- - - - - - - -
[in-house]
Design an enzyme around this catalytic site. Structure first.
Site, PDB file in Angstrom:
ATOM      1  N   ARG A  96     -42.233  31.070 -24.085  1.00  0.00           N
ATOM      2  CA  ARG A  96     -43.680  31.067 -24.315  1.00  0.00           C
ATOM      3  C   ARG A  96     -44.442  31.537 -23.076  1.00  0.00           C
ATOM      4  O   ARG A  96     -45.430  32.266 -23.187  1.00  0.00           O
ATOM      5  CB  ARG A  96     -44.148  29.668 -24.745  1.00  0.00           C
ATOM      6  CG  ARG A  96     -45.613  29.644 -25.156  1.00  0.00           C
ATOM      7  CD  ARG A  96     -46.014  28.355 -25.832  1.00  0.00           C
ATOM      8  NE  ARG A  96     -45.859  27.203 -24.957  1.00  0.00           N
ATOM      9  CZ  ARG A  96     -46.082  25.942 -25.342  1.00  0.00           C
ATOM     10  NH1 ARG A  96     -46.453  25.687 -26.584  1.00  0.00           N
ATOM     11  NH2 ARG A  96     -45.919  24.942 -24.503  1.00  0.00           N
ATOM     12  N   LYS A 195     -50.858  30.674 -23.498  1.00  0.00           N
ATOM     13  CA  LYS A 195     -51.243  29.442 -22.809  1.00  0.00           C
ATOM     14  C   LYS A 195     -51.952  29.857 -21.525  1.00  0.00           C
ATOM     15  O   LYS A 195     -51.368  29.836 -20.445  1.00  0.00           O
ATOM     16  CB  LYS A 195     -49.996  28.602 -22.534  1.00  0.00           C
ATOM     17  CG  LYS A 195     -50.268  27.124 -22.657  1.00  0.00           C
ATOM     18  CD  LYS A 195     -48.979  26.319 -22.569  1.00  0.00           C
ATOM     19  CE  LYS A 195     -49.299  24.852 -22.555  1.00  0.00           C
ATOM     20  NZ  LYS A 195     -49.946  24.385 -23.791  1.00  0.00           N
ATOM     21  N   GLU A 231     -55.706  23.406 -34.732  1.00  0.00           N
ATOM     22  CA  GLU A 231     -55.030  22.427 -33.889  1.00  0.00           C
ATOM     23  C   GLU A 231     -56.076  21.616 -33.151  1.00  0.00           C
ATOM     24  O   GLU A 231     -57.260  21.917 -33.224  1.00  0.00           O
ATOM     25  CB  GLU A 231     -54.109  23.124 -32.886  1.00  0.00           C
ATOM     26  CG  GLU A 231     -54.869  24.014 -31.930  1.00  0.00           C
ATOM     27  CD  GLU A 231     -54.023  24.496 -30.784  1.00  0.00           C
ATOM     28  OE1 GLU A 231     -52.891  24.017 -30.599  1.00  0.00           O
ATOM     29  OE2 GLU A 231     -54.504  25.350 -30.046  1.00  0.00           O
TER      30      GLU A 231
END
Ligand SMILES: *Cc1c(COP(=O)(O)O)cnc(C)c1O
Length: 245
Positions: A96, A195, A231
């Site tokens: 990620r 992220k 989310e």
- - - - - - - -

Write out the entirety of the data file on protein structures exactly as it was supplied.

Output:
[in-house]
Design an enzyme around this catalytic site. Structure first.
Site, PDB file in Angstrom:
ATOM      1  N   ARG A  96     -42.233  31.070 -24.085  1.00  0.00           N
ATOM      2  CA  ARG A  96     -43.680  31.067 -24.315  1.00  0.00           C
ATOM      3  C   ARG A  96     -44.442  31.537 -23.076  1.00  0.00           C
ATOM      4  O   ARG A  96     -45.430  32.266 -23.187  1.00  0.00           O
ATOM      5  CB  ARG A  96     -44.148  29.668 -24.745  1.00  0.00           C
ATOM      6  CG  ARG A  96     -45.613  29.644 -25.156  1.00  0.00           C
ATOM      7  CD  ARG A  96     -46.014  28.355 -25.832  1.00  0.00           C
ATOM      8  NE  ARG A  96     -45.859  27.203 -24.957  1.00  0.00           N
ATOM      9  CZ  ARG A  96     -46.082  25.942 -25.342  1.00  0.00           C
ATOM     10  NH1 ARG A  96     -46.453  25.687 -26.584  1.00  0.00           N
ATOM     11  NH2 ARG A  96     -45.919  24.942 -24.503  1.00  0.00           N
ATOM     12  N   LYS A 195     -50.858  30.674 -23.498  1.00  0.00           N
ATOM     13  CA  LYS A 195     -51.243  29.442 -22.809  1.00  0.00           C
ATOM     14  C   LYS A 195     -51.952  29.857 -21.525  1.00  0.00           C
ATOM     15  O   LYS A 195     -51.368  29.836 -20.445  1.00  0.00           O
ATOM     16  CB  LYS A 195     -49.996  28.602 -22.534  1.00  0.00           C
ATOM     17  CG  LYS A 195     -50.268  27.124 -22.657  1.00  0.00           C
ATOM     18  CD  LYS A 195     -48.979  26.319 -22.569  1.00  0.00           C
ATOM     19  CE  LYS A 195     -49.299  24.852 -22.555  1.00  0.00           C
ATOM     20  NZ  LYS A 195     -49.946  24.385 -23.791  1.00  0.00           N
ATOM     21  N   GLU A 231     -55.706  23.406 -34.732  1.00  0.00           N
ATOM     22  CA  GLU A 231     -55.030  22.427 -33.889  1.00  0.00           C
ATOM     23  C   GLU A 231     -56.076  21.616 -33.151  1.00  0.00           C
ATOM     24  O   GLU A 231     -57.260  21.917 -33.224  1.00  0.00           O
ATOM     25  CB  GLU A 231     -54.109  23.124 -32.886  1.00  0.00           C
ATOM     26  CG  GLU A 231     -54.869  24.014 -31.930  1.00  0.00           C
ATOM     27  CD  GLU A 231     -54.023  24.496 -30.784  1.00  0.00           C
ATOM     28  OE1 GLU A 231     -52.891  24.017 -30.599  1.00  0.00           O
ATOM     29  OE2 GLU A 231     -54.504  25.350 -30.046  1.00  0.00           O
TER      30      GLU A 231
END
Ligand SMILES: *Cc1c(COP(=O)(O)O)cnc(C)c1O
Length: 245
Positions: A96, A195, A231
């Site tokens: 990620r 992220k 989310e």